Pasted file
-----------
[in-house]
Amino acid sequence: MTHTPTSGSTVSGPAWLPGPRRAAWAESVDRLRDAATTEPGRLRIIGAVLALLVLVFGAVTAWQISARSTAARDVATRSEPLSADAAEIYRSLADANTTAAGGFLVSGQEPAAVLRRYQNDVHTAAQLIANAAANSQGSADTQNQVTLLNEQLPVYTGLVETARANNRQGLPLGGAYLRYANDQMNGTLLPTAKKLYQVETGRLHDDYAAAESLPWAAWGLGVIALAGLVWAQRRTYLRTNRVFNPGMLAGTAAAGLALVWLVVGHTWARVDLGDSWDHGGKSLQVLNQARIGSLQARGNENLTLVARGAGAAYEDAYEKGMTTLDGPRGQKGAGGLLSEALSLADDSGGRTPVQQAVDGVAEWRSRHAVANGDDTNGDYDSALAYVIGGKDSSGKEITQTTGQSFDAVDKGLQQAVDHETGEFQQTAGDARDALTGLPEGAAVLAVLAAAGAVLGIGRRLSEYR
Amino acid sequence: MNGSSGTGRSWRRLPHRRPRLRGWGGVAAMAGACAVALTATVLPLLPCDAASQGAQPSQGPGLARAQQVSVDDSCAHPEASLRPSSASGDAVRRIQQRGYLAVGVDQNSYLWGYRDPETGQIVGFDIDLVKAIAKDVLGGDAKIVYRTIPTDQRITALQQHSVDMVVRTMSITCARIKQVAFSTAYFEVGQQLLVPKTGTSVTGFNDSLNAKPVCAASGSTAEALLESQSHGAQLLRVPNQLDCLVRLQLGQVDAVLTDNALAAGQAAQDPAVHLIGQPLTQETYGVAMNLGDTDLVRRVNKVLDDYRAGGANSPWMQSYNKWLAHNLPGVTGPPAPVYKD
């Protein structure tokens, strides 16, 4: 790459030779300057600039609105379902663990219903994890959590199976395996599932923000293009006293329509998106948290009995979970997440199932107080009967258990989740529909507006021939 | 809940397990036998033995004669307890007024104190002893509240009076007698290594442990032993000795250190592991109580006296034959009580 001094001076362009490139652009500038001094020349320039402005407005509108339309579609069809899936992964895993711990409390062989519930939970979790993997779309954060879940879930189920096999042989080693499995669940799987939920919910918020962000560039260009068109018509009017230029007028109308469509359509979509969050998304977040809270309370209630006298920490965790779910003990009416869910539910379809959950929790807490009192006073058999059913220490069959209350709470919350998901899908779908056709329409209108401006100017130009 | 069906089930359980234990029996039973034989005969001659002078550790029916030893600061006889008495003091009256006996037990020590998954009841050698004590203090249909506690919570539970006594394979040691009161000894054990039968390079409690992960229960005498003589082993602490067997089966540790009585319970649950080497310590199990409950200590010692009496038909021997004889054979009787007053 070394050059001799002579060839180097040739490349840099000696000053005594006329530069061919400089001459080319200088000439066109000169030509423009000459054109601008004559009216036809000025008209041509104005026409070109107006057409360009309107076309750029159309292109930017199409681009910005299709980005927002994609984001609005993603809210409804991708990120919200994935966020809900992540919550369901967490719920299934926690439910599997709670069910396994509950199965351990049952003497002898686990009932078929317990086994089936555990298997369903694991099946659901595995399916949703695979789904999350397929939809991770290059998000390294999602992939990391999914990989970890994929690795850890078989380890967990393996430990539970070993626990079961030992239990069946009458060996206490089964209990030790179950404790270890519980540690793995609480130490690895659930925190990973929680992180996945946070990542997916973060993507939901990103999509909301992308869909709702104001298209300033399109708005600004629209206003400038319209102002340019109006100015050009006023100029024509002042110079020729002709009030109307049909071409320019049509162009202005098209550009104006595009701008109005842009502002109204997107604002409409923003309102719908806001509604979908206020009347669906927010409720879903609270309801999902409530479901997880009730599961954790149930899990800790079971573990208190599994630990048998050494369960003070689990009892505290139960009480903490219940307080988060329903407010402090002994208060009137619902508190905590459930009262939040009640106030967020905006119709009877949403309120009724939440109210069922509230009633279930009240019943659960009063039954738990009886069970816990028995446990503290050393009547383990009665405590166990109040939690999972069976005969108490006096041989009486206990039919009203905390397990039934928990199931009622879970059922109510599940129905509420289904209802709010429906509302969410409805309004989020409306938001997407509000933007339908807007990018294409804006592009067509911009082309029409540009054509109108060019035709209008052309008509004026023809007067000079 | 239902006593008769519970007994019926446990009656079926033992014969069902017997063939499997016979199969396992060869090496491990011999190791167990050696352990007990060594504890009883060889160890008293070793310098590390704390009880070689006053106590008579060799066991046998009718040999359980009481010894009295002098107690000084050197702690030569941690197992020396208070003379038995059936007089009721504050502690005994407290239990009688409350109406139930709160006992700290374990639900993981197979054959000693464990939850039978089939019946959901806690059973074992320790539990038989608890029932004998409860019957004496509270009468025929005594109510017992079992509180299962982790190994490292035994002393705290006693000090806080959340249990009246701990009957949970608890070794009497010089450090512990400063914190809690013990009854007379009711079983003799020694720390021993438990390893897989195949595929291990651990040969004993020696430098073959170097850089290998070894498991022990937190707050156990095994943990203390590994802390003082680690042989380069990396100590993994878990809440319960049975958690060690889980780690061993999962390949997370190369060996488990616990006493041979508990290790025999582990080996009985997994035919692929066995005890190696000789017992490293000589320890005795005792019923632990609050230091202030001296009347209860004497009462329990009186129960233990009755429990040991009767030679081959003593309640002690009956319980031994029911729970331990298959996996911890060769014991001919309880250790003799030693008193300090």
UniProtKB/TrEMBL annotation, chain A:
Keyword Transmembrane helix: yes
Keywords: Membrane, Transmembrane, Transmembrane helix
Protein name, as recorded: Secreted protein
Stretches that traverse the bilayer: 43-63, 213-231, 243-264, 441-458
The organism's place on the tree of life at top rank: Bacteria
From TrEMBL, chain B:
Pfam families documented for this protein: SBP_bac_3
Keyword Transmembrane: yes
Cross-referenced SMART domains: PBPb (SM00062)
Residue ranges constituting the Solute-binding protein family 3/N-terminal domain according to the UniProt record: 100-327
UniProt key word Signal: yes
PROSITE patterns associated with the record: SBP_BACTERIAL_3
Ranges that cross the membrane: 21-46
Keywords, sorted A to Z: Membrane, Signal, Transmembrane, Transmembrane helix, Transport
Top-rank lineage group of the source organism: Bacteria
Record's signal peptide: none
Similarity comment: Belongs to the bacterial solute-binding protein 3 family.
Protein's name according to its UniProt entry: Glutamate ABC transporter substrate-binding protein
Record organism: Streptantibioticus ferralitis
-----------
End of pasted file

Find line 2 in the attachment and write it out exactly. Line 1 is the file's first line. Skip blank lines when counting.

Amino acid sequence: MTHTPTSGSTVSGPAWLPGPRRAAWAESVDRLRDAATTEPGRLRIIGAVLALLVLVFGAVTAWQISARSTAARDVATRSEPLSADAAEIYRSLADANTTAAGGFLVSGQEPAAVLRRYQNDVHTAAQLIANAAANSQGSADTQNQVTLLNEQLPVYTGLVETARANNRQGLPLGGAYLRYANDQMNGTLLPTAKKLYQVETGRLHDDYAAAESLPWAAWGLGVIALAGLVWAQRRTYLRTNRVFNPGMLAGTAAAGLALVWLVVGHTWARVDLGDSWDHGGKSLQVLNQARIGSLQARGNENLTLVARGAGAAYEDAYEKGMTTLDGPRGQKGAGGLLSEALSLADDSGGRTPVQQAVDGVAEWRSRHAVANGDDTNGDYDSALAYVIGGKDSSGKEITQTTGQSFDAVDKGLQQAVDHETGEFQQTAGDARDALTGLPEGAAVLAVLAAAGAVLGIGRRLSEYR